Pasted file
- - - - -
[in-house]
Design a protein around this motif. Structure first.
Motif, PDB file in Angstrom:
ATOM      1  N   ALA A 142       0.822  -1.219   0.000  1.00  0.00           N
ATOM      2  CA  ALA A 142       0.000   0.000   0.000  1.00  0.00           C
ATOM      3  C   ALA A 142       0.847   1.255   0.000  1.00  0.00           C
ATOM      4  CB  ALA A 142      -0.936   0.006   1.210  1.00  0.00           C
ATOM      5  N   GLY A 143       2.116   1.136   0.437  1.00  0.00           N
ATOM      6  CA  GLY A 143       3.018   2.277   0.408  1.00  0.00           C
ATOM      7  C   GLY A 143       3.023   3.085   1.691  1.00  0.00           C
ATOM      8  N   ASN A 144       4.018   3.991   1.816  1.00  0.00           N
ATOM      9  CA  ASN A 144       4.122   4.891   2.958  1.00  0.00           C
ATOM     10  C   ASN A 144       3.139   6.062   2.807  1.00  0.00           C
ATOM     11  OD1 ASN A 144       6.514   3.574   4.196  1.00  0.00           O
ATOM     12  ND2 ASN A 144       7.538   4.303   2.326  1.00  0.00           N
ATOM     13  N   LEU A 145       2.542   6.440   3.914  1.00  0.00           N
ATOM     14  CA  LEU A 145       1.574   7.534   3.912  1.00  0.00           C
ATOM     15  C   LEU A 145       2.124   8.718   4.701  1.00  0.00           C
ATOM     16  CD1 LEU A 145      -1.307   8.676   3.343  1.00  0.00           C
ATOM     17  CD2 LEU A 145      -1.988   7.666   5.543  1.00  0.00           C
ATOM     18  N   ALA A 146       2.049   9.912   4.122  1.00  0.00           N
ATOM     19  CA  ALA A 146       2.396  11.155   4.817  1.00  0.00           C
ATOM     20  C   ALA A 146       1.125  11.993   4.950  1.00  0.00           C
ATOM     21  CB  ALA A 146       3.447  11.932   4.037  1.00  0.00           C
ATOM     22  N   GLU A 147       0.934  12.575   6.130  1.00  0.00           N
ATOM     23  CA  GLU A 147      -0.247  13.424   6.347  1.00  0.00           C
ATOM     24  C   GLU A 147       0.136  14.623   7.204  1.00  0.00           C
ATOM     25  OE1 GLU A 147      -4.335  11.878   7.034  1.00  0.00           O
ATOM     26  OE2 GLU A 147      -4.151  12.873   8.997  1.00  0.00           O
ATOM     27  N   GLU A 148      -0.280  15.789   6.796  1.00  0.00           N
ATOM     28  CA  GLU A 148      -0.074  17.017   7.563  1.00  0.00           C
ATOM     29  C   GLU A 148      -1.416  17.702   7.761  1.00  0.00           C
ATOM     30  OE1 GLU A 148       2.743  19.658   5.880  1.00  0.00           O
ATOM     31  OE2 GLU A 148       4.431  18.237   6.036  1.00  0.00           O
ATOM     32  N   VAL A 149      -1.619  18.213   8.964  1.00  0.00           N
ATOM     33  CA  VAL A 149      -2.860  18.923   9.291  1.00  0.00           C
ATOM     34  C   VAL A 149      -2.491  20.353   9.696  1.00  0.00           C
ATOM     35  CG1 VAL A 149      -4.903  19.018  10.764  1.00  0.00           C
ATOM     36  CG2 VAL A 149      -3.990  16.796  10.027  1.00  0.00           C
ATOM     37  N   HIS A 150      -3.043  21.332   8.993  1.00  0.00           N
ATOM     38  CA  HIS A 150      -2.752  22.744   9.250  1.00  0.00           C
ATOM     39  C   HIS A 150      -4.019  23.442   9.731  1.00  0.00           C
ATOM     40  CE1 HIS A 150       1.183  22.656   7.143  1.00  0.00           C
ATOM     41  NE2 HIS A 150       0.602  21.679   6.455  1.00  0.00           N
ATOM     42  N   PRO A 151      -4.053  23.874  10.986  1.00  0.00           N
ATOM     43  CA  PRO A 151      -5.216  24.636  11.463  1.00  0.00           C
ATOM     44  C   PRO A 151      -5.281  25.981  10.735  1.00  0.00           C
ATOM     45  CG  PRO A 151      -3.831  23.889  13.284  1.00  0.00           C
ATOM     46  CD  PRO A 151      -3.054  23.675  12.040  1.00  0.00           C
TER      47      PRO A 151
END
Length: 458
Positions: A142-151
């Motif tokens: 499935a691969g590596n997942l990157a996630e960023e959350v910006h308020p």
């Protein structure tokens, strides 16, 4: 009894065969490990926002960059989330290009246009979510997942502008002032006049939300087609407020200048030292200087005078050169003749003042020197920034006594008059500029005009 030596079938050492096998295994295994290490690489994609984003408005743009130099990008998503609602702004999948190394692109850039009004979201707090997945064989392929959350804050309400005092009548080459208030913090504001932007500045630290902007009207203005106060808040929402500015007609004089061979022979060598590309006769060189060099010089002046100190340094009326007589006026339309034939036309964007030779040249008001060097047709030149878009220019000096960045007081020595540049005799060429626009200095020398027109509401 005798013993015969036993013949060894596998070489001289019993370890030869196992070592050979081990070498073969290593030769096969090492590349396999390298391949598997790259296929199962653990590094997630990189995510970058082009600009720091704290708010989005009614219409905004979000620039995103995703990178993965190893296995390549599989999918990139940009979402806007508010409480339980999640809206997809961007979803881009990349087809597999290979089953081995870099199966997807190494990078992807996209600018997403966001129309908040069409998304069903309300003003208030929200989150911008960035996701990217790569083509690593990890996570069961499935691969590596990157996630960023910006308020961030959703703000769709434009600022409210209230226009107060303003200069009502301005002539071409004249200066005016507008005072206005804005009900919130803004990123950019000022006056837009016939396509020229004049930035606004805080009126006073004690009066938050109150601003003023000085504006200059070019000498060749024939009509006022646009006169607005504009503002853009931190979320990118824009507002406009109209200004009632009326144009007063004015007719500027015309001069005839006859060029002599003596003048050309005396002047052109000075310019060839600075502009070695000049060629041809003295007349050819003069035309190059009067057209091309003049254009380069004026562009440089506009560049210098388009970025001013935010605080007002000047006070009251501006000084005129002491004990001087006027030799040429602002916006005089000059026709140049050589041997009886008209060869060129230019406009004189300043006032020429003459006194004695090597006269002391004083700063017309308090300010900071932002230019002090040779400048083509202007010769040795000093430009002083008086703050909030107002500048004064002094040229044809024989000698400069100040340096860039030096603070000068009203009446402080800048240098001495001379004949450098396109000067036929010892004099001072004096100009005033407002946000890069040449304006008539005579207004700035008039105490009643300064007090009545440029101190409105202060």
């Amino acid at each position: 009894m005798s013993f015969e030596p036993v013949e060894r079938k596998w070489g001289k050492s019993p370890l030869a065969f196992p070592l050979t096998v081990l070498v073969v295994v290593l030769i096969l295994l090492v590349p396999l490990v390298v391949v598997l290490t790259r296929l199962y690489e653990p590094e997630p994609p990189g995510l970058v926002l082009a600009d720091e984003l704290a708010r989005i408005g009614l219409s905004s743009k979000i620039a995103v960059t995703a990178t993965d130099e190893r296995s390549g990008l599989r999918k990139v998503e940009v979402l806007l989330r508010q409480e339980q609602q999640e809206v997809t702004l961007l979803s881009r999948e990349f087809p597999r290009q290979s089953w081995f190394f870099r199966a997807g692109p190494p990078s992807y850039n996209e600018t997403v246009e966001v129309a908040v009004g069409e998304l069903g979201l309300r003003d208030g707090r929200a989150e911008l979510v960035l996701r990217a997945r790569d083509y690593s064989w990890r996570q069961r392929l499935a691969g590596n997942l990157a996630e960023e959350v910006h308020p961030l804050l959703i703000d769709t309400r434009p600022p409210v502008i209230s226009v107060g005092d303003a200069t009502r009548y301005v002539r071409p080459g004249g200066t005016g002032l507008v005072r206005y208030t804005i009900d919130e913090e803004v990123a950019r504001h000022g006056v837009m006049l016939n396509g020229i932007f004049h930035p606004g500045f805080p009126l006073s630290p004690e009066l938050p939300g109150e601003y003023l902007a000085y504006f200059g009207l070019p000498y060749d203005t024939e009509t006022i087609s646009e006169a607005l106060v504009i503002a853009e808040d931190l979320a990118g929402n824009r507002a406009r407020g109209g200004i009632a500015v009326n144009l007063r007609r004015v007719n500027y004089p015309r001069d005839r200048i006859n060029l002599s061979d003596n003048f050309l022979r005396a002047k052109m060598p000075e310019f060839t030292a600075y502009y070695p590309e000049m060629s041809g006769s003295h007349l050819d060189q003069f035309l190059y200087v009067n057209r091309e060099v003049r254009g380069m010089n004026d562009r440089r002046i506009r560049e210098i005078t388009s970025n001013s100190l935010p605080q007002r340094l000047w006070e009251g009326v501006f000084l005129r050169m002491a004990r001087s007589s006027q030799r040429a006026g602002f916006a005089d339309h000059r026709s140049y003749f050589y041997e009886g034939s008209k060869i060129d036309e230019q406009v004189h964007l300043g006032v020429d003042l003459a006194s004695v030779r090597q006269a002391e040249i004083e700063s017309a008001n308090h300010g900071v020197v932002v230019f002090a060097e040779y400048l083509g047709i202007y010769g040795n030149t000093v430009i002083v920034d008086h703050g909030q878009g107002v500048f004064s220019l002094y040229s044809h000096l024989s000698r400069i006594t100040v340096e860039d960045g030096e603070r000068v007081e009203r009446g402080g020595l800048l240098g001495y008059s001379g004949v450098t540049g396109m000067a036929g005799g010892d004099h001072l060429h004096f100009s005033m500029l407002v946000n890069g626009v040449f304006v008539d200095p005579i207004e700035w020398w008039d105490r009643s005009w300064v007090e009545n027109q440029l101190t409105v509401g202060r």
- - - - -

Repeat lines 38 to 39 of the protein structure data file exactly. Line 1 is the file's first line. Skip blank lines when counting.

ATOM     35  CG1 VAL A 149      -4.903  19.018  10.764  1.00  0.00           C
ATOM     36  CG2 VAL A 149      -3.990  16.796  10.027  1.00  0.00           C